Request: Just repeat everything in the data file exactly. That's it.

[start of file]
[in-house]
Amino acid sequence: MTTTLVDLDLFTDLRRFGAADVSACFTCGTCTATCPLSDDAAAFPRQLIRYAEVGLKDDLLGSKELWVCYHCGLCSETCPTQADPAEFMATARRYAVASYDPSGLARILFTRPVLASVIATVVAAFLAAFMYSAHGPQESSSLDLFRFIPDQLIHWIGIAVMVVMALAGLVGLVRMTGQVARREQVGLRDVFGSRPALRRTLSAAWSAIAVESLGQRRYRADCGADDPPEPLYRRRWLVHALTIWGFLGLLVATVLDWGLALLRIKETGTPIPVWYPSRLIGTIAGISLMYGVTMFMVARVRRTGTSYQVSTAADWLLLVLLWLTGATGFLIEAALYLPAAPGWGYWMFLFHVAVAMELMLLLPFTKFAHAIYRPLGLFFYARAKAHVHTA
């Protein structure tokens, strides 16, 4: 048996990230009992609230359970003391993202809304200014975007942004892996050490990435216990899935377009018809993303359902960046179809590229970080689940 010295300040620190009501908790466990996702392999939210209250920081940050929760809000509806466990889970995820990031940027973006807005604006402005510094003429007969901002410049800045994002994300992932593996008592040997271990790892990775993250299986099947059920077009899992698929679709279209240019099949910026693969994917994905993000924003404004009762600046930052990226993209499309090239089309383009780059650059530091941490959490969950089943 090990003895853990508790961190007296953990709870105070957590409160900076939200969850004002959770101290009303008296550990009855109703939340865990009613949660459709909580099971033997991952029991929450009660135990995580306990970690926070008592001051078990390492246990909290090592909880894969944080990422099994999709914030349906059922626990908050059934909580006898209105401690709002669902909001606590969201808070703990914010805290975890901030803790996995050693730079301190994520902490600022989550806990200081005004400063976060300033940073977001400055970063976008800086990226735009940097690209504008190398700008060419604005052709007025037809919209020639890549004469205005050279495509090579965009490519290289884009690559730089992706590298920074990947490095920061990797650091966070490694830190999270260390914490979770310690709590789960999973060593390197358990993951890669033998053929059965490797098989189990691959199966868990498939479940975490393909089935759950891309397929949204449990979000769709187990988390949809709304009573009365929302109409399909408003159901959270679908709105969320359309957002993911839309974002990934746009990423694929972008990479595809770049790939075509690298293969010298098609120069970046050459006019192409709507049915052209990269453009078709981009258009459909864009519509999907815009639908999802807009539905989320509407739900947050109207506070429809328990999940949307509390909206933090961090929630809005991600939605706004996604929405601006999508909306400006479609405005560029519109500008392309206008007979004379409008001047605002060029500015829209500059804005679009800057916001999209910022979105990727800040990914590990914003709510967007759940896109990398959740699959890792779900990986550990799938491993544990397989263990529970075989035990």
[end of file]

[in-house]
Amino acid sequence: MTTTLVDLDLFTDLRRFGAADVSACFTCGTCTATCPLSDDAAAFPRQLIRYAEVGLKDDLLGSKELWVCYHCGLCSETCPTQADPAEFMATARRYAVASYDPSGLARILFTRPVLASVIATVVAAFLAAFMYSAHGPQESSSLDLFRFIPDQLIHWIGIAVMVVMALAGLVGLVRMTGQVARREQVGLRDVFGSRPALRRTLSAAWSAIAVESLGQRRYRADCGADDPPEPLYRRRWLVHALTIWGFLGLLVATVLDWGLALLRIKETGTPIPVWYPSRLIGTIAGISLMYGVTMFMVARVRRTGTSYQVSTAADWLLLVLLWLTGATGFLIEAALYLPAAPGWGYWMFLFHVAVAMELMLLLPFTKFAHAIYRPLGLFFYARAKAHVHTA
């Protein structure tokens, strides 16, 4: 048996990230009992609230359970003391993202809304200014975007942004892996050490990435216990899935377009018809993303359902960046179809590229970080689940 010295300040620190009501908790466990996702392999939210209250920081940050929760809000509806466990889970995820990031940027973006807005604006402005510094003429007969901002410049800045994002994300992932593996008592040997271990790892990775993250299986099947059920077009899992698929679709279209240019099949910026693969994917994905993000924003404004009762600046930052990226993209499309090239089309383009780059650059530091941490959490969950089943 090990003895853990508790961190007296953990709870105070957590409160900076939200969850004002959770101290009303008296550990009855109703939340865990009613949660459709909580099971033997991952029991929450009660135990995580306990970690926070008592001051078990390492246990909290090592909880894969944080990422099994999709914030349906059922626990908050059934909580006898209105401690709002669902909001606590969201808070703990914010805290975890901030803790996995050693730079301190994520902490600022989550806990200081005004400063976060300033940073977001400055970063976008800086990226735009940097690209504008190398700008060419604005052709007025037809919209020639890549004469205005050279495509090579965009490519290289884009690559730089992706590298920074990947490095920061990797650091966070490694830190999270260390914490979770310690709590789960999973060593390197358990993951890669033998053929059965490797098989189990691959199966868990498939479940975490393909089935759950891309397929949204449990979000769709187990988390949809709304009573009365929302109409399909408003159901959270679908709105969320359309957002993911839309974002990934746009990423694929972008990479595809770049790939075509690298293969010298098609120069970046050459006019192409709507049915052209990269453009078709981009258009459909864009519509999907815009639908999802807009539905989320509407739900947050109207506070429809328990999940949307509390909206933090961090929630809005991600939605706004996604929405601006999508909306400006479609405005560029519109500008392309206008007979004379409008001047605002060029500015829209500059804005679009800057916001999209910022979105990727800040990914590990914003709510967007759940896109990398959740699959890792779900990986550990799938491993544990397989263990529970075989035990």